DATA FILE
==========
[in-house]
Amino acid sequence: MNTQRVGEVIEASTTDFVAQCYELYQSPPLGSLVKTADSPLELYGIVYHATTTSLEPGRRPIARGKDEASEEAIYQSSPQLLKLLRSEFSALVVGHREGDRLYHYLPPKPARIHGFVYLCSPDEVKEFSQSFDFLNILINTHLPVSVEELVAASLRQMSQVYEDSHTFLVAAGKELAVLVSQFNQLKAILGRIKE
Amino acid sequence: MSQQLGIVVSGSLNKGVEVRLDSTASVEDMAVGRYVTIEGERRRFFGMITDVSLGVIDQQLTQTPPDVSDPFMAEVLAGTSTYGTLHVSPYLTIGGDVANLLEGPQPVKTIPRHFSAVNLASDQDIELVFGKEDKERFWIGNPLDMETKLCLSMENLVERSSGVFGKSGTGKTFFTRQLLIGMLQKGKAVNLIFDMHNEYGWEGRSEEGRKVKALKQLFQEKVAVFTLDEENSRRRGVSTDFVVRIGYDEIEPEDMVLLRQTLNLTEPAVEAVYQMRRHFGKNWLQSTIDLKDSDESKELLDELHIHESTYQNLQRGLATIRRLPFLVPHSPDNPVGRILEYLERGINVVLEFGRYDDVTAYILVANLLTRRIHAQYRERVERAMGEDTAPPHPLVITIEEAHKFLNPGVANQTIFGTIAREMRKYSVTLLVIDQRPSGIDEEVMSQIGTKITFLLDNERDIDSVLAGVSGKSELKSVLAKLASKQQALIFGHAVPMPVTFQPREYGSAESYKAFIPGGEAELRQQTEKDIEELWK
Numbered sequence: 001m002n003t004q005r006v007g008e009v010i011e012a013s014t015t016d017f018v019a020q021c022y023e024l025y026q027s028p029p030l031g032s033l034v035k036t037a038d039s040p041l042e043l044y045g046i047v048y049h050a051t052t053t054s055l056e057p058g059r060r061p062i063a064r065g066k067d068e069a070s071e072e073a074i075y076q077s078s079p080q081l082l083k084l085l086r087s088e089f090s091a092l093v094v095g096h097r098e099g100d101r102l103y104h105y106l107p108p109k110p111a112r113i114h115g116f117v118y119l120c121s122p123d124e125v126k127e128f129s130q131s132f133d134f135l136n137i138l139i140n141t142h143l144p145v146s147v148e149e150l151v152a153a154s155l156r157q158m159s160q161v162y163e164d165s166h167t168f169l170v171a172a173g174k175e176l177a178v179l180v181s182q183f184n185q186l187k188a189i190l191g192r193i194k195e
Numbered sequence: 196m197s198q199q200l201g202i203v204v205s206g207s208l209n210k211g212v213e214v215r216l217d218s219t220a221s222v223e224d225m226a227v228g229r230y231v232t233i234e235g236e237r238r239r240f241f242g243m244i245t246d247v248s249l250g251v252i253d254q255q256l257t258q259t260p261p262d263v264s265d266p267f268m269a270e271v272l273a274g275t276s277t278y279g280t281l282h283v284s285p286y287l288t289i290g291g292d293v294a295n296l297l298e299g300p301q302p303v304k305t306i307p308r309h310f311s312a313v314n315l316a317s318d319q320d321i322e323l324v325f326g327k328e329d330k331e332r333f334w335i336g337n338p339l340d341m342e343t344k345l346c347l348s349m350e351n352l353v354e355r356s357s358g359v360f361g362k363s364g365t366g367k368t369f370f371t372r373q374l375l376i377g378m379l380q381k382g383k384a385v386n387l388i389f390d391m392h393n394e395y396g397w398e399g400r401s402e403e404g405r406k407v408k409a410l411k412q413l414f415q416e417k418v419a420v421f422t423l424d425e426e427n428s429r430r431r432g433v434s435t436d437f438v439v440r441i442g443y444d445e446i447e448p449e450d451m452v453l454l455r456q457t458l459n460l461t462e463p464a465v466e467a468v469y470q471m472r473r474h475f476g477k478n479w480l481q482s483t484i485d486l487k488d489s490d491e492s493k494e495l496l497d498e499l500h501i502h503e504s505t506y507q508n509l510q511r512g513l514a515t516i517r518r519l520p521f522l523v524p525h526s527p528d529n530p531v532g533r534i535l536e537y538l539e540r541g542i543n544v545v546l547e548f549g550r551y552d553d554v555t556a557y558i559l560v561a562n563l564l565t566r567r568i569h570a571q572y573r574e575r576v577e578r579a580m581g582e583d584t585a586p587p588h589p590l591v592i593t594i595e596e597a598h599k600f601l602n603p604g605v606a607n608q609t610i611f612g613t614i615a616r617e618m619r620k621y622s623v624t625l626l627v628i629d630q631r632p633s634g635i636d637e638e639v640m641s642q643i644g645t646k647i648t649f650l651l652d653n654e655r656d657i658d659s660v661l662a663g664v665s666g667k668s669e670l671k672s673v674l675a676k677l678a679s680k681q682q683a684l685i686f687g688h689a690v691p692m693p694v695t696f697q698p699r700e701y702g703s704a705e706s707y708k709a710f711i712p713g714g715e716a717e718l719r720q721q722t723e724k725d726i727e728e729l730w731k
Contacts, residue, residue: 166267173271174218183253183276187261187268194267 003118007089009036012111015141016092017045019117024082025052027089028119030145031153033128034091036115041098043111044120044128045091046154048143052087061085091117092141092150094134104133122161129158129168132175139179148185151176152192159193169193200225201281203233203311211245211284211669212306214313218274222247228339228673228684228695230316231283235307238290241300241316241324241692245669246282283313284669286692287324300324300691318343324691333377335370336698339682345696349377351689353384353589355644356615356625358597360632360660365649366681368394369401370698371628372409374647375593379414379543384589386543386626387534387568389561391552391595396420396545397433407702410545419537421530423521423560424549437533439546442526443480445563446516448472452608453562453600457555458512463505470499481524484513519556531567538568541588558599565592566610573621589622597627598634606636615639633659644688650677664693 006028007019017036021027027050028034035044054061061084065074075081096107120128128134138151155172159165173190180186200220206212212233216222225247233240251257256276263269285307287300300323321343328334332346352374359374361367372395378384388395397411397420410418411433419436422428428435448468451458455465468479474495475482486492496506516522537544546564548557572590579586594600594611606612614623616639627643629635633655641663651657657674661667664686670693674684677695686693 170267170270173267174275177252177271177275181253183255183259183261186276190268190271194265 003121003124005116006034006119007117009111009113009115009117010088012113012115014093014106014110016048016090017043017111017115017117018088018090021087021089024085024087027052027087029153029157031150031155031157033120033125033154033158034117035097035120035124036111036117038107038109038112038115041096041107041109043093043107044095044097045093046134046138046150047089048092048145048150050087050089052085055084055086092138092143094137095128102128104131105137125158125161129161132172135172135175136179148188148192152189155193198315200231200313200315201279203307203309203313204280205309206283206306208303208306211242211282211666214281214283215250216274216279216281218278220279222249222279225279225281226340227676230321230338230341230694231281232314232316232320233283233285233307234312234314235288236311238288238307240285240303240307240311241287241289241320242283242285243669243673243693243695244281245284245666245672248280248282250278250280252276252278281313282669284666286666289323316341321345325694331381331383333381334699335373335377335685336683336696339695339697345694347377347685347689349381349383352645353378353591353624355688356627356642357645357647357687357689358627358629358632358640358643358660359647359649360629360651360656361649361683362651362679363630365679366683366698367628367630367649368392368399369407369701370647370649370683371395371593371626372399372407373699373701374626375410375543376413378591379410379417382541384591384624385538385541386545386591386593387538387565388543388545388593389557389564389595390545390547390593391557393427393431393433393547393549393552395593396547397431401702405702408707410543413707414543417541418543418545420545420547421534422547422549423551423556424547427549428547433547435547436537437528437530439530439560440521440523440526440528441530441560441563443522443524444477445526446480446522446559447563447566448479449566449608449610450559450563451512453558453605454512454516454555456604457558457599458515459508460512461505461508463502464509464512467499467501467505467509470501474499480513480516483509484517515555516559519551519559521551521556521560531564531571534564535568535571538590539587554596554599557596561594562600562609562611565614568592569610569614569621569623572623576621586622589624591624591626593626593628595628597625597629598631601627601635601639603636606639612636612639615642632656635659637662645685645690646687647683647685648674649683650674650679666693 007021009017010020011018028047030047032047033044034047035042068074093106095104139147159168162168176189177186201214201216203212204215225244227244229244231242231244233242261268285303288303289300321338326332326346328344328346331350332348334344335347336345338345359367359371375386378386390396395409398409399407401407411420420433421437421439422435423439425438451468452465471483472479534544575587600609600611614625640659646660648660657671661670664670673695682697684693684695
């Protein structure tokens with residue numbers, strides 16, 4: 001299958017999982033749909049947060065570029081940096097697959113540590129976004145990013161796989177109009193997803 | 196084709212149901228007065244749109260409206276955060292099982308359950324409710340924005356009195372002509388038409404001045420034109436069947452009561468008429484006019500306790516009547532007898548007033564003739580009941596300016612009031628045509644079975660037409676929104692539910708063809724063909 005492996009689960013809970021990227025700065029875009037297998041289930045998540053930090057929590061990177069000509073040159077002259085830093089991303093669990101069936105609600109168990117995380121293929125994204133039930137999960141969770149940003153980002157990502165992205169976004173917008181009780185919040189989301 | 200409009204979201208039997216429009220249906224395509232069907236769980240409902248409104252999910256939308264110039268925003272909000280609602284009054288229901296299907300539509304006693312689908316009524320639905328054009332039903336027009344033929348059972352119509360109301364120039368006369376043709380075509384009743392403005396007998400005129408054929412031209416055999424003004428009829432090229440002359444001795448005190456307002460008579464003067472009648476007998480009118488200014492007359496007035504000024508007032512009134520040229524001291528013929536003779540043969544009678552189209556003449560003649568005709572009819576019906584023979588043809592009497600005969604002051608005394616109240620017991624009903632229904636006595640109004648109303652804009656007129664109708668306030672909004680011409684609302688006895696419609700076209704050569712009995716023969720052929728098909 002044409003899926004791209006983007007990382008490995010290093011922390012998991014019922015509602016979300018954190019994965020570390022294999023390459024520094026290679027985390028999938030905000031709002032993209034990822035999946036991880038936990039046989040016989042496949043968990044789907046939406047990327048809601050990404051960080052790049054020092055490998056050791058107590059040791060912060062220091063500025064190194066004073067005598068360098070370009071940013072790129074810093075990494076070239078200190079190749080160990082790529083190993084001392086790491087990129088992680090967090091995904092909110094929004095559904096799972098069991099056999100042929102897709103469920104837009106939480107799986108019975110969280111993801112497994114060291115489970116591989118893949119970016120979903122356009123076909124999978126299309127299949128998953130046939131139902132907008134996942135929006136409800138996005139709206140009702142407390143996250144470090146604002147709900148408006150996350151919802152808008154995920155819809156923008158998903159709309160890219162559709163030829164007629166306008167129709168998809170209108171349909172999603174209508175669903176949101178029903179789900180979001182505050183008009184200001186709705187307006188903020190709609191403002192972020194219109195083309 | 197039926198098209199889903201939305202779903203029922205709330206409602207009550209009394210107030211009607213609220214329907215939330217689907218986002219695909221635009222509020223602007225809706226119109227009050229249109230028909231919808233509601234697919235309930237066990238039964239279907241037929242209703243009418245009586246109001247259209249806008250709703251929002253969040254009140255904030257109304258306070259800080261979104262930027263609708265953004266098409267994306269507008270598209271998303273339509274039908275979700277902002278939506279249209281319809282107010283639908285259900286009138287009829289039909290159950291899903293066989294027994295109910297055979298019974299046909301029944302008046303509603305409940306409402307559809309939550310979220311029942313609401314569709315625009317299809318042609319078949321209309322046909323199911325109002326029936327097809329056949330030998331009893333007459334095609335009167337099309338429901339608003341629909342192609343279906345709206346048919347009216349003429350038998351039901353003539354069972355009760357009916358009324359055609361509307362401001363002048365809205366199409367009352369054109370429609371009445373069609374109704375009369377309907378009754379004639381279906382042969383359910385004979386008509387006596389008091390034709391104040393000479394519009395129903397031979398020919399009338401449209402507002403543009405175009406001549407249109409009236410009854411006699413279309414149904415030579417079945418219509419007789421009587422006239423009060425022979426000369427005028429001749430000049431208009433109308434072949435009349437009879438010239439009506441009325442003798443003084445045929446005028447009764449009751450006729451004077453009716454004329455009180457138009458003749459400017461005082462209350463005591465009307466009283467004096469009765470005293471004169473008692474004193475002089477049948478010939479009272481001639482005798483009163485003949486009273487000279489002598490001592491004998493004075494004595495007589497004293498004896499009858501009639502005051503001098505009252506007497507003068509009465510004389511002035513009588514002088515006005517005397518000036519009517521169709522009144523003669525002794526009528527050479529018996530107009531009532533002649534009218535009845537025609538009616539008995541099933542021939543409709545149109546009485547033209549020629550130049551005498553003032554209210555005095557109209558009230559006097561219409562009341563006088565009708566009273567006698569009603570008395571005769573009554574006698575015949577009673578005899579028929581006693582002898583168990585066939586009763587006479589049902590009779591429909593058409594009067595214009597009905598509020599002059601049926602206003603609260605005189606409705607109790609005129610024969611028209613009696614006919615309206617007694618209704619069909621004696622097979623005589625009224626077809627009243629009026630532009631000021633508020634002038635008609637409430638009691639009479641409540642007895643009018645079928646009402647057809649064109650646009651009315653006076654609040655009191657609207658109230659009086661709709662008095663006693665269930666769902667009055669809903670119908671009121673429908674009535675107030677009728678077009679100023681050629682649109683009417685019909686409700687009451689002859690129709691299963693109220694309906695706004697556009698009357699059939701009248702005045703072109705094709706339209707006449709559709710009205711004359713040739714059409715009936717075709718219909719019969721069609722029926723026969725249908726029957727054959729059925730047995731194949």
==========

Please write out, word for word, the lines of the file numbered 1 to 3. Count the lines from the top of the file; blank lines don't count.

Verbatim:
[in-house]
Amino acid sequence: MNTQRVGEVIEASTTDFVAQCYELYQSPPLGSLVKTADSPLELYGIVYHATTTSLEPGRRPIARGKDEASEEAIYQSSPQLLKLLRSEFSALVVGHREGDRLYHYLPPKPARIHGFVYLCSPDEVKEFSQSFDFLNILINTHLPVSVEELVAASLRQMSQVYEDSHTFLVAAGKELAVLVSQFNQLKAILGRIKE
Amino acid sequence: MSQQLGIVVSGSLNKGVEVRLDSTASVEDMAVGRYVTIEGERRRFFGMITDVSLGVIDQQLTQTPPDVSDPFMAEVLAGTSTYGTLHVSPYLTIGGDVANLLEGPQPVKTIPRHFSAVNLASDQDIELVFGKEDKERFWIGNPLDMETKLCLSMENLVERSSGVFGKSGTGKTFFTRQLLIGMLQKGKAVNLIFDMHNEYGWEGRSEEGRKVKALKQLFQEKVAVFTLDEENSRRRGVSTDFVVRIGYDEIEPEDMVLLRQTLNLTEPAVEAVYQMRRHFGKNWLQSTIDLKDSDESKELLDELHIHESTYQNLQRGLATIRRLPFLVPHSPDNPVGRILEYLERGINVVLEFGRYDDVTAYILVANLLTRRIHAQYRERVERAMGEDTAPPHPLVITIEEAHKFLNPGVANQTIFGTIAREMRKYSVTLLVIDQRPSGIDEEVMSQIGTKITFLLDNERDIDSVLAGVSGKSELKSVLAKLASKQQALIFGHAVPMPVTFQPREYGSAESYKAFIPGGEAELRQQTEKDIEELWK